I’ll discuss these results with my oncologist this evening. More to come…

 

Waiting for biopsy results (been here before)

I’ll get results as soon as tomorrow or early next week.

Meantime I’ve been getting second opinions setup. It’s time consuming. So far I’ve got a meeting setup with Dana-Farber in Boston. After some back-and-forth we agreed to do this by phone (it was originally supposed to be in-person). This will happen once the results are in. I’m also working on Stanford but this requires a referral from Kaiser that is not likely to happen (even if I’m paying out of pocket!). I’ve got low odds on this one happening in any reasonable timeframe as appointments are booked a month out. I’m hoping to be well into second-line treatment by then. Finally I’m also setting up an appointment with UCSF. Yesterday I had to drop off cd’s of my PET/CT results at the UCSF hematology center (yes, like by hand – it still works that way). I was struck by the contrast of gorgeous SF bay area views from the Parnassus campus against the cold reality that most folks in the waiting room were getting bone marrow transplants (masks required just to enter the waiting room). I appreciate these views – don’t get me wrong – they are stunning. But it almost feels like this sort of activity should all be happening somewhere else. Somewhere subterranean. That would better reflect my levels of comfort with the whole thing. It’s like view magnificence is inversely related to the gravity of the situation, to how mentally trying it is. It feels like a balm or numbing agent, much as I appreciate it. There’s a fighter’s mentality that can easily get lost in too much beauty, certainty and comfort. That mentality is required in situations like this.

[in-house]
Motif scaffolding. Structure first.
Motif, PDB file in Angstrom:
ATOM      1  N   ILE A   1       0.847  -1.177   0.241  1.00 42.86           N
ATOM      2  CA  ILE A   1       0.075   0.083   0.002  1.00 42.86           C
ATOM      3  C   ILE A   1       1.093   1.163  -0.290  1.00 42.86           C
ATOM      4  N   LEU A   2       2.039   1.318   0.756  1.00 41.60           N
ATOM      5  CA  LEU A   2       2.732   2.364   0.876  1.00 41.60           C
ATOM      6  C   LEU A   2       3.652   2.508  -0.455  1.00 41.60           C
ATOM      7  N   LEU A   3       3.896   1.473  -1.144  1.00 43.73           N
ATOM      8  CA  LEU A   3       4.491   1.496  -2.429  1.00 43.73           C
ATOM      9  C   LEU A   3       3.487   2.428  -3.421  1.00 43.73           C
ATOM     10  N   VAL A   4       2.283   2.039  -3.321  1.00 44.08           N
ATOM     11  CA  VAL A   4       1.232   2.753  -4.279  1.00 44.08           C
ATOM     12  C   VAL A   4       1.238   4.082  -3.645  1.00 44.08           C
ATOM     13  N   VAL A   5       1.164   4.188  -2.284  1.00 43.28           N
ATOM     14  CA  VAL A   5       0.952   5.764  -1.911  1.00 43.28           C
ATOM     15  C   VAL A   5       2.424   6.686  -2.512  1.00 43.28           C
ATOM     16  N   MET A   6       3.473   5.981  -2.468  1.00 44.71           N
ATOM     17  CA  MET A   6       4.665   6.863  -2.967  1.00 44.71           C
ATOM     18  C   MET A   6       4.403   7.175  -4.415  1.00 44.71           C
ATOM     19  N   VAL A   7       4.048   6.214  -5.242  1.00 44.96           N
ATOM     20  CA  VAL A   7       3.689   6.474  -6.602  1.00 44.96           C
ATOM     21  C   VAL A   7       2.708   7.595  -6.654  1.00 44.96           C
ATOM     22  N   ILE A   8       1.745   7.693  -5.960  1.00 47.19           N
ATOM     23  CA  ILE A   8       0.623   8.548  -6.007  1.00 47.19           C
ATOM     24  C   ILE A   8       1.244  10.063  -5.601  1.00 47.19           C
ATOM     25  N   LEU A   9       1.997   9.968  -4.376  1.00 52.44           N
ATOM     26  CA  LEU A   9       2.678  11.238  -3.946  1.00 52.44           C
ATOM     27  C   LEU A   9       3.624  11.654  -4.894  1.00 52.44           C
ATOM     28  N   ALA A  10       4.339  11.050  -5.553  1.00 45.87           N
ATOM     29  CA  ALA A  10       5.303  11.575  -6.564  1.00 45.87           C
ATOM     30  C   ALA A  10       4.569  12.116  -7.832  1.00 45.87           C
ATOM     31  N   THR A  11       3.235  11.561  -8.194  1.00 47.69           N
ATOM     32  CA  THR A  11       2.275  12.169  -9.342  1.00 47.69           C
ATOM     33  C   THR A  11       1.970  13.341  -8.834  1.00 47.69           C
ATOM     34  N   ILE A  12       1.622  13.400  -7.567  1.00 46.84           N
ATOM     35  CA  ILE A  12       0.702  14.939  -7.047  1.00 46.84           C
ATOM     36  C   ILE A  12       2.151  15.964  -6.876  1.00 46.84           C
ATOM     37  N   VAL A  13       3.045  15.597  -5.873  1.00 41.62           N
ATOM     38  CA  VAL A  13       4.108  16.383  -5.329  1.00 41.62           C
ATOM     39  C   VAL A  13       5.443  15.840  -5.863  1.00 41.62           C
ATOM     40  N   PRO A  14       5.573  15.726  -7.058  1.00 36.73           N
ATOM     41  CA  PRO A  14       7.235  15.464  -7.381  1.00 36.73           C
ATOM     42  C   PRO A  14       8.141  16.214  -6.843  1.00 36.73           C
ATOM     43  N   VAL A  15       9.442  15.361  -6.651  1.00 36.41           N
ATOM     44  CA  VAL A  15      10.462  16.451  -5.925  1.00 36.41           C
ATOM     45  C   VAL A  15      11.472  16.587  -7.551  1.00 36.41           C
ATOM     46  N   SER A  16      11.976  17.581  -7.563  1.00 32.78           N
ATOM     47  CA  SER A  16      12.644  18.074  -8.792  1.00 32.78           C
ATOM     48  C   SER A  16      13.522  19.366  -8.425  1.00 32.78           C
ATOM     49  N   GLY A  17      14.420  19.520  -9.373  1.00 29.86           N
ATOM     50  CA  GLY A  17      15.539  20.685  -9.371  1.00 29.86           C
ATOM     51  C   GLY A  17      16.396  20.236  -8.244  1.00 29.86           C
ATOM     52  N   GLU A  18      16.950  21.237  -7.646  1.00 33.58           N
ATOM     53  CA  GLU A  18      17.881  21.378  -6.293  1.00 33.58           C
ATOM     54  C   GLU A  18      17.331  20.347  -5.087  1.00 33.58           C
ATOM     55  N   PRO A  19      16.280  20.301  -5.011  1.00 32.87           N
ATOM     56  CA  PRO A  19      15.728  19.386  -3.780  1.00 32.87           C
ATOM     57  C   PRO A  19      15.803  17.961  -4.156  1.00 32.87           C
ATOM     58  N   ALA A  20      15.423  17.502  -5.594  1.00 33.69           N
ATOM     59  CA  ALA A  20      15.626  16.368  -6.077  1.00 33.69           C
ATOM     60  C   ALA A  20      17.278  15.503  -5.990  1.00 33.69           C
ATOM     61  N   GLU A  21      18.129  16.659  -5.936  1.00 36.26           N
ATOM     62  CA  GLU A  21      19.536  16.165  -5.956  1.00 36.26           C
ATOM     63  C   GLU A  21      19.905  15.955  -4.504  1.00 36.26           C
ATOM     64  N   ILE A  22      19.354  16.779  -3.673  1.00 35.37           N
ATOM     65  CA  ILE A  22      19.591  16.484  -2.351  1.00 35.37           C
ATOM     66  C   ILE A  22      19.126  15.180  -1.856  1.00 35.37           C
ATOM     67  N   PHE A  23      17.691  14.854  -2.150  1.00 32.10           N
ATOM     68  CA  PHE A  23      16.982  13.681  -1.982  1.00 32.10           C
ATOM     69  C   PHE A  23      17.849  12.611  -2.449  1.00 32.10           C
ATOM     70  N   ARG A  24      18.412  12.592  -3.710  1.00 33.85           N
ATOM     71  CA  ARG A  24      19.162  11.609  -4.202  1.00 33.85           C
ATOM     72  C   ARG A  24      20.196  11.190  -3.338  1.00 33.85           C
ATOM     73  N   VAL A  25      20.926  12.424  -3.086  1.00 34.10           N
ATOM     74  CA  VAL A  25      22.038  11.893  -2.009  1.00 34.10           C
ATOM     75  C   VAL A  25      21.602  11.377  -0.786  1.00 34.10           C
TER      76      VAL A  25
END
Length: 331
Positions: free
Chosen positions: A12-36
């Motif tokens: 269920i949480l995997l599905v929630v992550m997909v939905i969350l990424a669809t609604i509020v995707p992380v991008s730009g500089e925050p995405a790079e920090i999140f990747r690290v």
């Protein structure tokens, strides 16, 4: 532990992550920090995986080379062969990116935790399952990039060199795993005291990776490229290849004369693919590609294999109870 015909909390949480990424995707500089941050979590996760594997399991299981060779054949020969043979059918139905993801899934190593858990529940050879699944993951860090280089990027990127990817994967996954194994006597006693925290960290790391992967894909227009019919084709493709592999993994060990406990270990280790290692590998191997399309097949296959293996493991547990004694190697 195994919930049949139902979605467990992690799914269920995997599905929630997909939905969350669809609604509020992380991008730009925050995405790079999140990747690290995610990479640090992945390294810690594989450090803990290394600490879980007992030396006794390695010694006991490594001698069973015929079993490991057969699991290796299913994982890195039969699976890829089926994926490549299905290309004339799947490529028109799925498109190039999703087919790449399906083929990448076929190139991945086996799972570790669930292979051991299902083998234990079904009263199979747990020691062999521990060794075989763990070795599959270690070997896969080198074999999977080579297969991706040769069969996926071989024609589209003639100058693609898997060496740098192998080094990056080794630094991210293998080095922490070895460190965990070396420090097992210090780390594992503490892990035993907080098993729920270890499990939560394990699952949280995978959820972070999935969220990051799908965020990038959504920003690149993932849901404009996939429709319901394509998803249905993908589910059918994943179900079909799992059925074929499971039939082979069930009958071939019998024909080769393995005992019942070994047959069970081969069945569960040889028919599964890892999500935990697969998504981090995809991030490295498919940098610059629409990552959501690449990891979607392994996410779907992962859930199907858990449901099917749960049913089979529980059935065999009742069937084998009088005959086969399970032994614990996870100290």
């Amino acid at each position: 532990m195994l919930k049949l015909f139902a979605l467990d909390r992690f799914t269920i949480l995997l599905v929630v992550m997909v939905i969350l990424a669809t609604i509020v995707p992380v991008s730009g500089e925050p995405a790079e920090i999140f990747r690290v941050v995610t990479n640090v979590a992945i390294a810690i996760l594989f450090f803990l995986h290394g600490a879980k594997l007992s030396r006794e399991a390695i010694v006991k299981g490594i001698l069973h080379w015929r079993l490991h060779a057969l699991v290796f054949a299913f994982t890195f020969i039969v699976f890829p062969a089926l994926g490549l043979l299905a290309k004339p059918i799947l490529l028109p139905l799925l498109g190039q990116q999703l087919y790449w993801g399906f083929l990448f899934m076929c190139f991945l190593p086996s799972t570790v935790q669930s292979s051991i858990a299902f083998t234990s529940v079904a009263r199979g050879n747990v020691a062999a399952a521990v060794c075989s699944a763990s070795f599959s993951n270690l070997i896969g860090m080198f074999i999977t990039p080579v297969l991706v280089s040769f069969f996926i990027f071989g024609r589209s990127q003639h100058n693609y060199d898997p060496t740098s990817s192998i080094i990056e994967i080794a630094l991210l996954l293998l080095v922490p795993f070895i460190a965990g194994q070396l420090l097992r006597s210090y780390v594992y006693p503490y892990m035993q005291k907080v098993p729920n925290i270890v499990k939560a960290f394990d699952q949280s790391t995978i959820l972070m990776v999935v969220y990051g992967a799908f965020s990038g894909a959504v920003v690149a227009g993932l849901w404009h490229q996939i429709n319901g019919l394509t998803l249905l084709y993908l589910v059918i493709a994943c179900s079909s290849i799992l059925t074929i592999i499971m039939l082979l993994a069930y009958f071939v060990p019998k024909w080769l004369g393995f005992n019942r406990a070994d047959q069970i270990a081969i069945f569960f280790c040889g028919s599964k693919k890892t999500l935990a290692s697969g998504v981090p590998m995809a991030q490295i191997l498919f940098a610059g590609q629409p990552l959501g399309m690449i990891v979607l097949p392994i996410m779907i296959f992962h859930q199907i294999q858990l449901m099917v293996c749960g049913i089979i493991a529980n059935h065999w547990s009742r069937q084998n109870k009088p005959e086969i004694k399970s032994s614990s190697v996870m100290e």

Imagine something that stressed you out: those envelopes for college admissions that came in the mail (fat or skinny), waiting for exam results, 360 performance reviews, or getting on the scale each morning if you’re trying to lose weight. Or choose your favorite form of suffering. Then raise that feeling literally to the level of life and death; like poor test results equals “you live” or “you die”. It requires some adjusting. I could never get comfortable with fate coming to me in an envelope or a phone call. Usually one has an indicator of how they did, or at least how well they prepared for that exam. Here though, preparation is not related (or at best is least loosely connected) to outcome.

But our fate isn’t sealed! It rarely is. I find it helpful to think that the plinko chips of circumstance sometimes get nudged (sometimes hard) in a certain direction. How one deals with the circumstance is of equal or greater importance than the circumstance itself. We play the hand we’re dealt. I’m bracing my mind for bad news (good news takes care of itself!). No point in wishful thinking here. I’m nervous. But it’s not as bad as I might have thought. I’ve had some time to acclimate to this new normal. I’ve already absorbed some hard blows so I know what it feels like. That doesn’t make it easy. But maybe it’ll sting less.